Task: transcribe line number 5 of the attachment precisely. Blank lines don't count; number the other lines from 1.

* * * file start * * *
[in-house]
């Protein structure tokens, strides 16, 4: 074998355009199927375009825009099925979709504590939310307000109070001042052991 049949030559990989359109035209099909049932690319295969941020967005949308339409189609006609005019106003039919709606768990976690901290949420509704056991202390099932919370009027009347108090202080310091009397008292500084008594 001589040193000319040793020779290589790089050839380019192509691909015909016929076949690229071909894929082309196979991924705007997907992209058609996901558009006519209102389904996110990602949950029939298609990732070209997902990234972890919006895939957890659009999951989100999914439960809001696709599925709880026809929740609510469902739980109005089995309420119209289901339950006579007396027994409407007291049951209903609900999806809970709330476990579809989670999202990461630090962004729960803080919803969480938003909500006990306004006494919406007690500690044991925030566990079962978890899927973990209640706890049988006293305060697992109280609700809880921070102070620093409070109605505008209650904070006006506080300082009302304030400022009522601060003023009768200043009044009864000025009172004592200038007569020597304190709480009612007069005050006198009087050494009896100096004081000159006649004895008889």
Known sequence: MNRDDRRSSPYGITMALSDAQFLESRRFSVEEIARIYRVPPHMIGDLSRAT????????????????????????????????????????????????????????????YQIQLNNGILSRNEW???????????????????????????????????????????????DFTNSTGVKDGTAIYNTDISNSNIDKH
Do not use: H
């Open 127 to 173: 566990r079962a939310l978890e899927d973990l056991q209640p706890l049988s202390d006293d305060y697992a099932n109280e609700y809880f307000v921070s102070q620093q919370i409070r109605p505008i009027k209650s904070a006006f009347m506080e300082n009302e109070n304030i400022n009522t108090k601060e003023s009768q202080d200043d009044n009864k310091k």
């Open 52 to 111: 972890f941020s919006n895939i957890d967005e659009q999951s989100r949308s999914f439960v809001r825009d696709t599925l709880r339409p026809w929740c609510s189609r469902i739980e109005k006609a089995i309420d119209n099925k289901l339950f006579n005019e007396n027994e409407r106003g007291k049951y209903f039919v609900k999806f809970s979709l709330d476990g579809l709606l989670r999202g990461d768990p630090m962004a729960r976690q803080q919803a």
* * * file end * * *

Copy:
């Open 127 to 173: 566990r079962a939310l978890e899927d973990l056991q209640p706890l049988s202390d006293d305060y697992a099932n109280e609700y809880f307000v921070s102070q620093q919370i409070r109605p505008i009027k209650s904070a006006f009347m506080e300082n009302e109070n304030i400022n009522t108090k601060e003023s009768q202080d200043d009044n009864k310091k």